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Myths of Babylonia and Assyria

Page: 133

It was during Abraham's residence in Hebron that the Western Land was raided by a confederacy of Babylonian and Elamite battle lords. The Biblical narrative which deals with this episode is of particular interest and has long engaged the attention of European scholars:

"And it came to pass in the days of Amraphel (Hammurabi) king of Shinar (Sumer), Arioch (Eri-aku or Warad-Sin) king of Ellasar (Larsa), Chedor-laomer (Kudur-Mabug) king of Elam, and Tidal (Tudhula) king of nations; that these made war with Bera king of Sodom, and with Birsha king of Gomorrah, Shinab king of Admah, and Shemeber king of Zeboiim, and the king of Bela, which is Zoar. All these joined together in the vale of Siddim, which is the salt sea. Twelve years they served Chedor-laomer, and in the thirteenth year they rebelled."[276] Apparently the Elamites had conquered part of Syria after entering southern Babylonia.

Chedor-laomer and his allies routed the Rephaims, the Zuzims, the Emims, the Horites and others, and having sacked Sodom and Gomorrah, carried away Lot and "his goods". On hearing of this disaster, Abraham collected a force of three hundred and eighteen men, all of whom were no doubt accustomed to guerrilla warfare, and delivered a night attack on the tail of the victorious army which was withdrawing through the area afterwards allotted to the Hebrew tribe of Dan. The surprise was complete; Abraham "smote" the enemy and "pursued them unto Hobah, which is on the left hand of Damascus. And he brought back all the goods, and also brought again his brother Lot, and his goods, and the women also, and the people."[277]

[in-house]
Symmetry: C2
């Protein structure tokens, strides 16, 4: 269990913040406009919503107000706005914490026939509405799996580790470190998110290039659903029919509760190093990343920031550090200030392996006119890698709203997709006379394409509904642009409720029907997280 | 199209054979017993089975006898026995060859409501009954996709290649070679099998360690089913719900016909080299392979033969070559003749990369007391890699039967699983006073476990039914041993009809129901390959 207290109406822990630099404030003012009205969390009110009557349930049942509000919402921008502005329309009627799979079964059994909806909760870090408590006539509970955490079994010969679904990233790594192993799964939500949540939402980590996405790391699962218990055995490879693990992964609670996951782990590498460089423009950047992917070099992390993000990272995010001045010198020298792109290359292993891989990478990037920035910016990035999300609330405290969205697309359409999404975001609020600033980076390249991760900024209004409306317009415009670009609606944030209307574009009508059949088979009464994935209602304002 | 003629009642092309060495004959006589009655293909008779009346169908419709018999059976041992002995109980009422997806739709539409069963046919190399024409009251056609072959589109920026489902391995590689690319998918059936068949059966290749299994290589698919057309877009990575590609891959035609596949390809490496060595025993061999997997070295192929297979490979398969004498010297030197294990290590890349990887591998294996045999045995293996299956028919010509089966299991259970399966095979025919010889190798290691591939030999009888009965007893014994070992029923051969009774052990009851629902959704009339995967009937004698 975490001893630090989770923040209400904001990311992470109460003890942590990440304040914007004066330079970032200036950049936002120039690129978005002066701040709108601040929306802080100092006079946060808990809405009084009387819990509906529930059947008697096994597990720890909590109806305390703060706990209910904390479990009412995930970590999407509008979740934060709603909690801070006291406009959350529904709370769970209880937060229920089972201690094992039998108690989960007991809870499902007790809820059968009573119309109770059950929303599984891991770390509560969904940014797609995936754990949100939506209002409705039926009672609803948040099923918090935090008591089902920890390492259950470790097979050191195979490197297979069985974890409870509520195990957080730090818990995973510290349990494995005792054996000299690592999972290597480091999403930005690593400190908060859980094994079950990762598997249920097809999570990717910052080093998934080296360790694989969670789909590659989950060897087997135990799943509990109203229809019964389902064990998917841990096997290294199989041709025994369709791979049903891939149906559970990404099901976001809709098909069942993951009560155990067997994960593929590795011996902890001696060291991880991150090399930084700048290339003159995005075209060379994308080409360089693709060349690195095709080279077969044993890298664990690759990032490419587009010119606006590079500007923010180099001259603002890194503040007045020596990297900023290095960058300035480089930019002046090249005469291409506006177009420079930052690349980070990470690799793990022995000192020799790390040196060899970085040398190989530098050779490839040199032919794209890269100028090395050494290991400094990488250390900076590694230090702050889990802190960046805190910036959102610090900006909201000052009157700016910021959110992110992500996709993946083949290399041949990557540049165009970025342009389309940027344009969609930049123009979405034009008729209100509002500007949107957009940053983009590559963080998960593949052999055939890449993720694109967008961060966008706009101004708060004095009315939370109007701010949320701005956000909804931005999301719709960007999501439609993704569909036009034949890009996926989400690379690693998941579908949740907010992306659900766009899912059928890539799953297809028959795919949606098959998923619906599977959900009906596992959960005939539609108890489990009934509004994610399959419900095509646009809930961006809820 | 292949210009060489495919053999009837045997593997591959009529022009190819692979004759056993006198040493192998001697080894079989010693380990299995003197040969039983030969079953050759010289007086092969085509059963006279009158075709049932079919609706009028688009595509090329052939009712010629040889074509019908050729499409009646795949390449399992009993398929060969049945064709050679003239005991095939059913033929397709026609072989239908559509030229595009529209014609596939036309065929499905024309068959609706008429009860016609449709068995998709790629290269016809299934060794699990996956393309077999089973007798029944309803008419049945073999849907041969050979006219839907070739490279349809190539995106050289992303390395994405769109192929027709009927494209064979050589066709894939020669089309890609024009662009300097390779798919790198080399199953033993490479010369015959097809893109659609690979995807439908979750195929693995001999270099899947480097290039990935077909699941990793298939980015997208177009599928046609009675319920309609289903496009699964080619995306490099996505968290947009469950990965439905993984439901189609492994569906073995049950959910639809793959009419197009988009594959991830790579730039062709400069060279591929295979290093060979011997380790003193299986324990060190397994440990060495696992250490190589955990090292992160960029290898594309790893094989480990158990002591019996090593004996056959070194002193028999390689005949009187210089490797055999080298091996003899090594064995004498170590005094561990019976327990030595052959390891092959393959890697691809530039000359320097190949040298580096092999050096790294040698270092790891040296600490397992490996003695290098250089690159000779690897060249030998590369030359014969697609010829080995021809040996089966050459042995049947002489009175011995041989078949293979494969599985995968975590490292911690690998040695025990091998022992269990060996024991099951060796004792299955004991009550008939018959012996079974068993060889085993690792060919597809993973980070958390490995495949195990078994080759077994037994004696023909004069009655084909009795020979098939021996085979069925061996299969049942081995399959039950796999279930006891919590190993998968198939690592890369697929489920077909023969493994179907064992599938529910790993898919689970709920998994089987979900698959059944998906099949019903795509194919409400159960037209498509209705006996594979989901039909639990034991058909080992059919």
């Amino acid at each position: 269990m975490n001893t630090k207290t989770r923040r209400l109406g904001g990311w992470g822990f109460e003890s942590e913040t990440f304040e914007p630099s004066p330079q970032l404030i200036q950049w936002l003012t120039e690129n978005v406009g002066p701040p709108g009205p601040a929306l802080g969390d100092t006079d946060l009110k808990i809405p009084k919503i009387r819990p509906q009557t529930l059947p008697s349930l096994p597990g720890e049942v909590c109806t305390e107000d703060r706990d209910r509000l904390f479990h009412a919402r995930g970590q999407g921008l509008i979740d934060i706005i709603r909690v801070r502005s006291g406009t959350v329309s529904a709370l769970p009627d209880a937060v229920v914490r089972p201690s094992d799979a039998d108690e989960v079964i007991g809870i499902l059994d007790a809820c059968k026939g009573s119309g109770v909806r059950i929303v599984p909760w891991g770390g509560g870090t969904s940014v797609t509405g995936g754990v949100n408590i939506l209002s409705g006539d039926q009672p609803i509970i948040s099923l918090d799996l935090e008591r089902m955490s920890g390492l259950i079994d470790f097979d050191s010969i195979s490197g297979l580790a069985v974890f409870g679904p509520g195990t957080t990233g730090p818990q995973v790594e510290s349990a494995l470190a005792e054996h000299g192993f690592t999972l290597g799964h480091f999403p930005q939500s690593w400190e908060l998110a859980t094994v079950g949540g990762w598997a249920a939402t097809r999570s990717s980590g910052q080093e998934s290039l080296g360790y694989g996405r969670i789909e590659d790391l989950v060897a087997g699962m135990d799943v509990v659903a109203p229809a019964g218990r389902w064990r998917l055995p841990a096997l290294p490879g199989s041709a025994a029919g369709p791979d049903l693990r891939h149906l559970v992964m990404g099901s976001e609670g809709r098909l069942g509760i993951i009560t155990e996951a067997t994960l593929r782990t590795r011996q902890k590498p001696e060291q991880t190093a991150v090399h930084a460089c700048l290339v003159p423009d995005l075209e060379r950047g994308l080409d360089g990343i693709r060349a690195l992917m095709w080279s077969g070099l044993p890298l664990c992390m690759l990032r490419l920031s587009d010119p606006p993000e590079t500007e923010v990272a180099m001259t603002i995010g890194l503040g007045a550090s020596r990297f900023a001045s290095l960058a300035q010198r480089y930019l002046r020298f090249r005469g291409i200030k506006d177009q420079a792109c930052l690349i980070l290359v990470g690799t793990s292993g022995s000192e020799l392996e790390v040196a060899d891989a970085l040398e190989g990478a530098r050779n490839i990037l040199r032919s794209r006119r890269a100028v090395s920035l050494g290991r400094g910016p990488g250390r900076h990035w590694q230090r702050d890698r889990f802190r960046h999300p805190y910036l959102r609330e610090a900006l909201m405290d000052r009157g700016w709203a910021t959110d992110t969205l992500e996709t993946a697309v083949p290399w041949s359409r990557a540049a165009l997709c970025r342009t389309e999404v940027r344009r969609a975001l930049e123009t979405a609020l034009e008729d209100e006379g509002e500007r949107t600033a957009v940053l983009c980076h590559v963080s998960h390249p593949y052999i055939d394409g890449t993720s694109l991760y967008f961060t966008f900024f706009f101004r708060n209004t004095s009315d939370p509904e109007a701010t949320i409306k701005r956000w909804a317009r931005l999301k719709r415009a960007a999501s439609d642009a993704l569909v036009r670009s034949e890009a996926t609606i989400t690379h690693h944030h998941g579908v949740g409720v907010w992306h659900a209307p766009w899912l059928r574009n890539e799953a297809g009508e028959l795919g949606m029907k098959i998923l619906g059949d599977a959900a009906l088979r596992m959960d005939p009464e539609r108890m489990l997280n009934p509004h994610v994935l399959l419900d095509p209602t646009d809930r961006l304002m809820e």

The identification of Hammurabi with Amraphel is now generally accepted. At first the guttural "h", which gives the English rendering "Khammurabi", presented a serious difficulty, but in time the form "Ammurapi" which appears on a tablet became known, and the conclusion was reached that the softer "h" sound was used and not the guttural. The "l" in the Biblical Amraphel has suggested "Ammurapi-ilu", "Hammurabi, the god", but it has been argued, on the other hand, that the change may have been due to western habitual phonetic conditions, or perhaps the slight alteration of an alphabetical sign. Chedor-laomer, identified with Kudur-Mabug, may have had several local names. One of his sons, either Warad-Sin or Rim-Sin, but probably the former, had his name Semitized as Eri-Aku, and this variant appears in inscriptions. "Tidal, king of nations", has not been identified. The suggestion that he was "King of the Gutium" remains in the realm of suggestion. Two late tablets have fragmentary inscriptions which read like legends with some historical basis. One mentions Kudur-lahmal (?Chedor-laomer) and the other gives the form "Kudur-lahgumal", and calls him "King of the land of Elam". Eri-Eaku (?Eri-aku) and Tudhula (?Tidal) are also mentioned. Attacks had been delivered on Babylon, and the city and its great temple E-sagila were flooded. It is asserted that the Elamites "exercised sovereignty in Babylon" for a period. These interesting tablets have been published by Professor Pinches.


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